“Although we are loath to admit it, the human race is by nature bellicose. History books are chronicles of our conflicts since Day One. And as much as our society decries the horrors of war, few would have our nation’s past military glory erased from the history books. In ancient times, of course, men were hunters, and the most profitable and exciting way to live was to attack a neighbouring tribe, kill its men, take its women, and loot its villages. Because the most aggressive people endured, humankind’s bellicose instincts have survived. The human race has evolved through struggle and combat. A life devoid of effort or struggle is enervating. Indeed, so much of civilized life today, while bestowing a certain amount of security, at the same time has withheld adventure.

“Lacking a sufficient outlet for our biological drives and aggressive instincts, we are afflicted with depression and other nervous suffering – and no wonder! To flourish, the will needs a rallying point. At one time warfare gave individuals and societies that rallying point. But modern war is untenable. For myself and countless others, athletic training and sports competition provide a functional alternative to warfare.”


“The struggle against owned space” is one of the principal themes of Bronze Age Mindset, and there’s nothing in the quotation above that would be out of place in that book. In both cases, we see modern man enervated, wilting for lack of meaningful outlets for what the Greeks called thymos – the desiring, aggressive emotional force that pushes all men to seek distinction. For Mentzer as much as for BAP, warfare and its proxies are a purifying force, a crucible. Where Mentzer and BAP might appear to differ, at first glance at least, is in their attitude to modern warfare; for Mentzer, it is the failure of modern warfare to offer a satisfying outlet for thymos on a personal level that makes it ‘untenable’, as he says. After all, what good is heroism if your life can be ended by a lactating drone operator with Cheeto dust on her fingers, 5,000 miles away? Bodybuilding, then, must be a kind of surrogate activity; the next-best-thing, if you will.

But only a surface-level reading of Bronze Age Mindset could make you think that BAP feels any differently about modern warfare. Despite his exhortations that those who are capable should seek to gain military experience, BAP is clearly looking to a time in the not-too-distant future when, as the great American empire collapses under the weight of its own contradictions, the domain of owned space contracts significantly across the globe and personal adventurism once more becomes a viable option. The new men of Bronze Age Mindset are not faceless operators of the military-industrial complex, but small brotherhoods of well-trained, disciplined soldiers of fortune – men like the great Mike Hoare and Bob Denard, whose personal brand of buccaneering flourished in the interstices of the Cold War.

The language of war, of war against oneself and one’s weaknesses, continues throughout the motivational sections of High-Intensity Training.


“I always considered preparing for a contest to be my moral equivalent to war. Once contest preparation commenced, the gym ceased to be a mundane menagerie of grunting humans and was transformed into a mythical battlefield where the militaristic virtues of sweat, discipline and physical courage were applauded. The gym became the arena where I had the opportunity to become a hero.”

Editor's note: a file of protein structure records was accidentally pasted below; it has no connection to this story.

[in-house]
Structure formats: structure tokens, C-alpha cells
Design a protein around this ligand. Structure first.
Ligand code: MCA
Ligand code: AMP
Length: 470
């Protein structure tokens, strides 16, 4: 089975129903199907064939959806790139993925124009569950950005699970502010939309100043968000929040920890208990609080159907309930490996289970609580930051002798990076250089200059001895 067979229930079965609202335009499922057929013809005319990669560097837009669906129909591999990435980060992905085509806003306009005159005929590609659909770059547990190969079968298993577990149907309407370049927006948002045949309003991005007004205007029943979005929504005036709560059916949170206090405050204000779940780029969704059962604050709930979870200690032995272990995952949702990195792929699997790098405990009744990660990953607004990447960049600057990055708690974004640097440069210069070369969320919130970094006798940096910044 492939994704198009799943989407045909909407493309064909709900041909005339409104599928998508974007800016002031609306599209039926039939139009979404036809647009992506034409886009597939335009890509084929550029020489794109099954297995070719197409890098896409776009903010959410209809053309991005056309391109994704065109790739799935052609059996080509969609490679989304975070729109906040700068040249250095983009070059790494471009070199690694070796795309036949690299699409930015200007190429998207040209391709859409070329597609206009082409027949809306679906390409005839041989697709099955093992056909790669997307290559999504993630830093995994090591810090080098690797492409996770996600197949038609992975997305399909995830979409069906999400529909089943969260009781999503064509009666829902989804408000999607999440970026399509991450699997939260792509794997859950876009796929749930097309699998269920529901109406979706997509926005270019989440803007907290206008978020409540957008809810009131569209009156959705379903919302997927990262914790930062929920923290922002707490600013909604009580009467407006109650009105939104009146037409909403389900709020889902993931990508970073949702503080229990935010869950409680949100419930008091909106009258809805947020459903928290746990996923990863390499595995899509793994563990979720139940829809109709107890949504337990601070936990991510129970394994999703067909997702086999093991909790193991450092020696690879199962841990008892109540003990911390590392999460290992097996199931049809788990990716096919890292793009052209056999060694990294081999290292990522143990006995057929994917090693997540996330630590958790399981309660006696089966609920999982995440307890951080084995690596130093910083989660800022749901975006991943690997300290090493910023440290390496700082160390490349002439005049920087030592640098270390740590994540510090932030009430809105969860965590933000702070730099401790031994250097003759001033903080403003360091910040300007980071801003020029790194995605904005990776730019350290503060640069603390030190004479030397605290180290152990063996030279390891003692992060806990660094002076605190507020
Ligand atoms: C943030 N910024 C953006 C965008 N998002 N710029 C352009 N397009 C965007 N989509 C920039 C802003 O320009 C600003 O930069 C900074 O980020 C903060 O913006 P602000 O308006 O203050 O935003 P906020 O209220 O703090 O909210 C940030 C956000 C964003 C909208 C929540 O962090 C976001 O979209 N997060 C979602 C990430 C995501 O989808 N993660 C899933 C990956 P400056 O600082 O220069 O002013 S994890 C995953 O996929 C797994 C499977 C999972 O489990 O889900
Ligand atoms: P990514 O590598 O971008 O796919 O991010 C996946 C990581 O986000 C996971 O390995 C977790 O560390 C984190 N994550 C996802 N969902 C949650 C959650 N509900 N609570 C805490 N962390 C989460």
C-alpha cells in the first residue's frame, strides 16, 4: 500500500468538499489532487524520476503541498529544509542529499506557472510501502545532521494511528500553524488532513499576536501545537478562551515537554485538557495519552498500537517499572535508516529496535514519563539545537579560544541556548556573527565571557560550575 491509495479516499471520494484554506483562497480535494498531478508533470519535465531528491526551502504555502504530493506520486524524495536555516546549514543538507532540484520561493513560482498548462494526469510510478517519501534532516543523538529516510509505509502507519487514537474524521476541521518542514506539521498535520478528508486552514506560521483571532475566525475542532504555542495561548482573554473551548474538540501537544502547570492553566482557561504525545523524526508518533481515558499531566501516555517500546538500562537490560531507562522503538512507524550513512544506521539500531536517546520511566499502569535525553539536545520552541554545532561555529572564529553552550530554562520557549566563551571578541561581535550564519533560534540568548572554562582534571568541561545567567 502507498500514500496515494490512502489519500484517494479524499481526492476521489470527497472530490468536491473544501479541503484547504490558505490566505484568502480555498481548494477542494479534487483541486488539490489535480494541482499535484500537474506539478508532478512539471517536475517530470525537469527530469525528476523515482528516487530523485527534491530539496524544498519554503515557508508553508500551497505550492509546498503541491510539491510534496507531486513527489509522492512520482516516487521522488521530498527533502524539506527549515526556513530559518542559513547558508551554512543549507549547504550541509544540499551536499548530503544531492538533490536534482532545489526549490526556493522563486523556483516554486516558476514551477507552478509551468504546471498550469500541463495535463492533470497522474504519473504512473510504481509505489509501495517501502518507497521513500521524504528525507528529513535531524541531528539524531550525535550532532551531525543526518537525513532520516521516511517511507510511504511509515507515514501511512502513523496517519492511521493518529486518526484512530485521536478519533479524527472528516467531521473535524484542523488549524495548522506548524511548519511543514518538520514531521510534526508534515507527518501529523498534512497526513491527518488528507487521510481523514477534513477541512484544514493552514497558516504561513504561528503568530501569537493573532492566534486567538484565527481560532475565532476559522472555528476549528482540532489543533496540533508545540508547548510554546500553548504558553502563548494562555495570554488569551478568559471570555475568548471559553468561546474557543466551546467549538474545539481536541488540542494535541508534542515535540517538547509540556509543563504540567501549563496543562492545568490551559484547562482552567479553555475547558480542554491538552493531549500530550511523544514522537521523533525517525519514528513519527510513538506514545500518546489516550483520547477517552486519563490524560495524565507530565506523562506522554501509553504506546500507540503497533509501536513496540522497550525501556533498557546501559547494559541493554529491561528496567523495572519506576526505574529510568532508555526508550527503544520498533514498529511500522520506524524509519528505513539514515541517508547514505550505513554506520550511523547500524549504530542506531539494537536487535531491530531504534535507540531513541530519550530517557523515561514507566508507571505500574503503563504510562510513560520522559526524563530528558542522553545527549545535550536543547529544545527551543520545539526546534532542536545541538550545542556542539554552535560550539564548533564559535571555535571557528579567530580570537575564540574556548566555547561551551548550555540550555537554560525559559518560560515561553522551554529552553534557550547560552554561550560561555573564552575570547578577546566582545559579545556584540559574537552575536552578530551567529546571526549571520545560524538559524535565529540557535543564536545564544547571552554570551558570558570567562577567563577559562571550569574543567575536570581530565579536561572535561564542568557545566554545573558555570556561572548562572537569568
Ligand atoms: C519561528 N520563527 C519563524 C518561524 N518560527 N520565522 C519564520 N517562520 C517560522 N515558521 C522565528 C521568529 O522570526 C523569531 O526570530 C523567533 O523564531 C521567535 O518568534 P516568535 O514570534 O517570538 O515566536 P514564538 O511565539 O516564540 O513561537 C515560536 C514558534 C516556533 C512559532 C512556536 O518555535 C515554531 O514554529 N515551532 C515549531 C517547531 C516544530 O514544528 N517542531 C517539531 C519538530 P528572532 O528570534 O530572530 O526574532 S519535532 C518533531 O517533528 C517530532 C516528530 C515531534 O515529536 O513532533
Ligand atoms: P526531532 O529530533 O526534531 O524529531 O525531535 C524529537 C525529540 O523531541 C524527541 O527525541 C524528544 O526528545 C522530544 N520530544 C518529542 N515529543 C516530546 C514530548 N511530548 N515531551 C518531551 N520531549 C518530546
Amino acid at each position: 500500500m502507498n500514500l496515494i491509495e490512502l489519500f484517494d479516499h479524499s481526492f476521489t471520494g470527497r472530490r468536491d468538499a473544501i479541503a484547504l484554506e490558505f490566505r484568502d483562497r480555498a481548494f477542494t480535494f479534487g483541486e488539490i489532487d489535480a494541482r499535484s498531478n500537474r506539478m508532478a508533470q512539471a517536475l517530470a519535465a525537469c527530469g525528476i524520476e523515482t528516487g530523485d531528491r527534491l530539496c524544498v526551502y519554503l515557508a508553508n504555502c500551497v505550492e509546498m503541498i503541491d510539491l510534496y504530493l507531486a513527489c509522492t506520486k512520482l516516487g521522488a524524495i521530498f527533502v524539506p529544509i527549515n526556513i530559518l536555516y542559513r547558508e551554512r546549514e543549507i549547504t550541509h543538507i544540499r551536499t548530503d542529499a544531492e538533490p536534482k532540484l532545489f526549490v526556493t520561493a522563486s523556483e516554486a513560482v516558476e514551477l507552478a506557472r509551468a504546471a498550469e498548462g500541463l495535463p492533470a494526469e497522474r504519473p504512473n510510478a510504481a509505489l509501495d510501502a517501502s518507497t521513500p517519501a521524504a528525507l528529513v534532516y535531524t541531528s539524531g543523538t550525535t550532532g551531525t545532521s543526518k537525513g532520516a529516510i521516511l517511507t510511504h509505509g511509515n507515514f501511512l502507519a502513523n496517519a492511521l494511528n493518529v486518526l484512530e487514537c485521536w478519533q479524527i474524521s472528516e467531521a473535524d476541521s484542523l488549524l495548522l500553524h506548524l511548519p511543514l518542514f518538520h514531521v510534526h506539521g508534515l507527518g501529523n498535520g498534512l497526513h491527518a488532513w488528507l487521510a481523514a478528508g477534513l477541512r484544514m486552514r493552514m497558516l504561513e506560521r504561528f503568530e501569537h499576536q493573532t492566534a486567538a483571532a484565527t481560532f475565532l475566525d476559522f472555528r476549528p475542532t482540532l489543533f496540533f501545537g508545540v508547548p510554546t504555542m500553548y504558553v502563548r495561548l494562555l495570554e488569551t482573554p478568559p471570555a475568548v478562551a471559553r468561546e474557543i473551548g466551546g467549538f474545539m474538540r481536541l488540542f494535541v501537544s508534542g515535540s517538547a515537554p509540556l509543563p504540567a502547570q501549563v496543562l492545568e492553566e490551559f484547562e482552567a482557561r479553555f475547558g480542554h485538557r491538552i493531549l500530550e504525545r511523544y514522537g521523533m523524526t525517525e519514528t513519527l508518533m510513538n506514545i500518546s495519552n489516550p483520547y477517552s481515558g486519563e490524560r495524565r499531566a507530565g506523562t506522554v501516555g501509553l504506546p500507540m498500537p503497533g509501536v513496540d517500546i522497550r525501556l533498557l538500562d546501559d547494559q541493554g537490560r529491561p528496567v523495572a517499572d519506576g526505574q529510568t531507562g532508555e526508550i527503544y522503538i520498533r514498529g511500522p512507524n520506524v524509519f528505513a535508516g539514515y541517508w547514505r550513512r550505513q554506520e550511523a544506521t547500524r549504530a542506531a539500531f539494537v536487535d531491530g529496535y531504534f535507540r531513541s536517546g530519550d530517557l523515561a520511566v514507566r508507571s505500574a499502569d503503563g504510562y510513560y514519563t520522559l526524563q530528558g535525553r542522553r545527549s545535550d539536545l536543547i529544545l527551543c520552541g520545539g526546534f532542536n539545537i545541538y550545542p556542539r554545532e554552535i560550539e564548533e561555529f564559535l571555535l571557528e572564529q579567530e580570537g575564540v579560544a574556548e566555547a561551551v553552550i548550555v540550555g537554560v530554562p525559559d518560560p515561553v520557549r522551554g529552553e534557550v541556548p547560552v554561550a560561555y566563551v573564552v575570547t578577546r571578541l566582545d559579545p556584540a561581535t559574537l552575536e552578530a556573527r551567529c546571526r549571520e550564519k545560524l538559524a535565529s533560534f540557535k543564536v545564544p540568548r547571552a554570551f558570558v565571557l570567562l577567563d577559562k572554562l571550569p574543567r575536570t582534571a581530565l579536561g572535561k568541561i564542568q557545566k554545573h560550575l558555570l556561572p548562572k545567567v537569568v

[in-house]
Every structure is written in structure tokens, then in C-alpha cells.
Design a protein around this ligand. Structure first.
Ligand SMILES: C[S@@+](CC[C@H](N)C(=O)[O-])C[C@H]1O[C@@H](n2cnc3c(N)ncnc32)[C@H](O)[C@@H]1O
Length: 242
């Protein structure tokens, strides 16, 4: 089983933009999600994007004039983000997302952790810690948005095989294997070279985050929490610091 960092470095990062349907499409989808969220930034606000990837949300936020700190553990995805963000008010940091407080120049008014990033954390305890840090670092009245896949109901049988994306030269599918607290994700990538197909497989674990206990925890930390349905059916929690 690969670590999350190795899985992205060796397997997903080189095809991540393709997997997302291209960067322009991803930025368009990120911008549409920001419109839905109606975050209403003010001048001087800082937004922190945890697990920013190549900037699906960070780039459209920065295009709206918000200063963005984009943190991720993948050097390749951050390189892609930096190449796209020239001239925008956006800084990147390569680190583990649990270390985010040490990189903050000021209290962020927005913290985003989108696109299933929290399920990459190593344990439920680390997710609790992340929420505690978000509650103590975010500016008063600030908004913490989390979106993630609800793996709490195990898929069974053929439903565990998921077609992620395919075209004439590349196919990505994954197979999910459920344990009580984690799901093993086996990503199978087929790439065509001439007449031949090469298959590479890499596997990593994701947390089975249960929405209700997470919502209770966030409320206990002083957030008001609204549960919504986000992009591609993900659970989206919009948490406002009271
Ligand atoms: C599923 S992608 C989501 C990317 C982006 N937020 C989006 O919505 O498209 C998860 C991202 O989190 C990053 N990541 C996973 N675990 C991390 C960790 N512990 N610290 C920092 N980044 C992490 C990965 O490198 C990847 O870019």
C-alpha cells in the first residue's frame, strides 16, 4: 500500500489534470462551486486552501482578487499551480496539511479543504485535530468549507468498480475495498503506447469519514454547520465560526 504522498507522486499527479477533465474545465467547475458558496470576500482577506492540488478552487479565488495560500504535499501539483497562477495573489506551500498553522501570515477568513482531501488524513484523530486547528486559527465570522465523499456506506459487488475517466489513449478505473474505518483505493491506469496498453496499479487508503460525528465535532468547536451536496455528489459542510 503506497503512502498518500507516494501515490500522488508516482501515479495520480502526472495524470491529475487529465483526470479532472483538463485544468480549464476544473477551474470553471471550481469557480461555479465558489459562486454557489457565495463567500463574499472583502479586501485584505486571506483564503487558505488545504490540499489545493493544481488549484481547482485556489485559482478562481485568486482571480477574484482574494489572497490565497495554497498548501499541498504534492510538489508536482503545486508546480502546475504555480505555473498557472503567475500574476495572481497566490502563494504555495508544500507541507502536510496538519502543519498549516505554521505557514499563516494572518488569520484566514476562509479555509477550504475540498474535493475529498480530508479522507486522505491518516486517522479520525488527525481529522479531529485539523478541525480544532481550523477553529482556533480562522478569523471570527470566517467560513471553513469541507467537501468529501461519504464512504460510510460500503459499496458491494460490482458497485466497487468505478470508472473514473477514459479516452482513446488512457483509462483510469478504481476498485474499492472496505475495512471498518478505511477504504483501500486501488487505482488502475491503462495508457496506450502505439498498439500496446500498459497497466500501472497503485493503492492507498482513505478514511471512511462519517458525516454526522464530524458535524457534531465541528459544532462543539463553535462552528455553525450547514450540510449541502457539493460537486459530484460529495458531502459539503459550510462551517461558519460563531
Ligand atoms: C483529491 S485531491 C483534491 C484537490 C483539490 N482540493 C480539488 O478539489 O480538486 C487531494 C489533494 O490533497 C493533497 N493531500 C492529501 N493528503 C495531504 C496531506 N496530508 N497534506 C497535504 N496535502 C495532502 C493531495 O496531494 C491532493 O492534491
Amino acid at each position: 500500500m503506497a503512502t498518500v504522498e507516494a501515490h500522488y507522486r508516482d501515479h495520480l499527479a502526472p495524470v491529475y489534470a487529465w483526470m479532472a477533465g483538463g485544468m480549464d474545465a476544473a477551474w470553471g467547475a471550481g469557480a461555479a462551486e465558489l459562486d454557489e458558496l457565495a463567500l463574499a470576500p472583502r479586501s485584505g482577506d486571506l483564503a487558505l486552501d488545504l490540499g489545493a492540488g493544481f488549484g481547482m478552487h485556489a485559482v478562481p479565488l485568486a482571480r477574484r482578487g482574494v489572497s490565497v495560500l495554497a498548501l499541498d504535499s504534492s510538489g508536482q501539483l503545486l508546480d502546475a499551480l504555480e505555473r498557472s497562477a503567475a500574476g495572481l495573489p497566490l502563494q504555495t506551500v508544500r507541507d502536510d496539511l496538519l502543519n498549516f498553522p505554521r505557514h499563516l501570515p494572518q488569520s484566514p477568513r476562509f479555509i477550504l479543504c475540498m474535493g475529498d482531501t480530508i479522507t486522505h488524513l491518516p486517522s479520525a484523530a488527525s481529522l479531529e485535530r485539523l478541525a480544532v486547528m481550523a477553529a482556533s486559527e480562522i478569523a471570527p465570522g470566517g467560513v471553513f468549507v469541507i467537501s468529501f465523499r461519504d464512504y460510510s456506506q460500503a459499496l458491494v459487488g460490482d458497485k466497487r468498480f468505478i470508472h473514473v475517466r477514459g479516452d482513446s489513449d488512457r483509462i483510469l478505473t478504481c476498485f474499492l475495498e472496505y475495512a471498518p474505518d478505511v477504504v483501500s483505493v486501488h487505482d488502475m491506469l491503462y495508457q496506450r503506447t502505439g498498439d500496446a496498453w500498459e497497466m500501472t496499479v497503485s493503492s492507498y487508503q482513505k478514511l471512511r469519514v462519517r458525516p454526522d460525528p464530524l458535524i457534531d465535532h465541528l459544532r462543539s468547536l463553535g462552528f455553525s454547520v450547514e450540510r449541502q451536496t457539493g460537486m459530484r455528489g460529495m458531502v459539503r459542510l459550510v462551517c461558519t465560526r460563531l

As for BAP, Nietzsche’s collected late notebooks, The Will to Power, were a text of great importance to Mentzer. He even describes Nietzsche as his “training partner” for his triumph at the 1978 Mr Universe, and claims to have read The Will to Power for up to five hours a day to “put me in a certain state of mind and being.” Nietzsche’s focus on developing a strong will, on the triumph over suffering and personal limitations, were precisely what Mentzer needed to drive him towards victory and distinguish himself from his less motivated competitors.

“There will be others,” Mentzer writes, “who can dig deep and find the drive to train harder than they had ever dreamed possible, ‘to exceed themselves’, as Nietzsche exhorted us to do with his image of Ubermensch, or Overman.”

In 1980, as he prepared for his final Mr Olympia, it was G. Gordon Liddy, and his autobiography Will, that would be Mentzer’s new philosophical training partner. Liddy was variously an FBI agent, lawyer and one of the central figures in the Watergate scandal, for which he spent over four years in federal prisons. No doubt Mentzer chose this book not just because of its title but its central drama, the author’s decision to face prison rather than betray his principles.

Clearly, Mentzer’s talk of combat, will and self-overcoming was not just empty posturing, but perhaps the best attempt to give bodybuilding a true ethic, one that goes beyond simply having a beautiful physique and at the same time restores to modern life, by way of the bodybuilder’s virtues and suffering, the heroic dimension that is so sorely lacking – the “archetypal human drama”, as he puts it.

And as a part of that archetypal drama, the bodybuilder-philosopher’s story of course has its tragic element, and not just in his untimely death. After his retirement from bodybuilding, Mentzer faced a protracted nervous breakdown which may or may not, depending on who you ask, have involved running naked in the streets and directing traffic; prophesying the end of the world, Jeremiah-like; being arrested by the police; and awaiting the arrival of aliens. Confronted with these stories and asked if their publication would be an embarrassment to him, Mentzer laughed and replied, “I’ve been through so much that if you tried to embarrass me, you couldn’t do it!”

It’s difficult to resist the conclusion that bodybuilding alone, however much he elevated it, was not enough to sustain a man like Mike Mentzer. By his own admission, it was a surrogate for war, the activity in which man finds the purest expression of his nature and desire for growth and self-assertion. Perhaps if he had been born 20 or 30 years later, a young Mentzer might now be assembling a crack team of bodybuilders in some tropical island stronghold, waiting for the right time to descend upon impoverished but resource-rich African nations…

Stranger things have happened.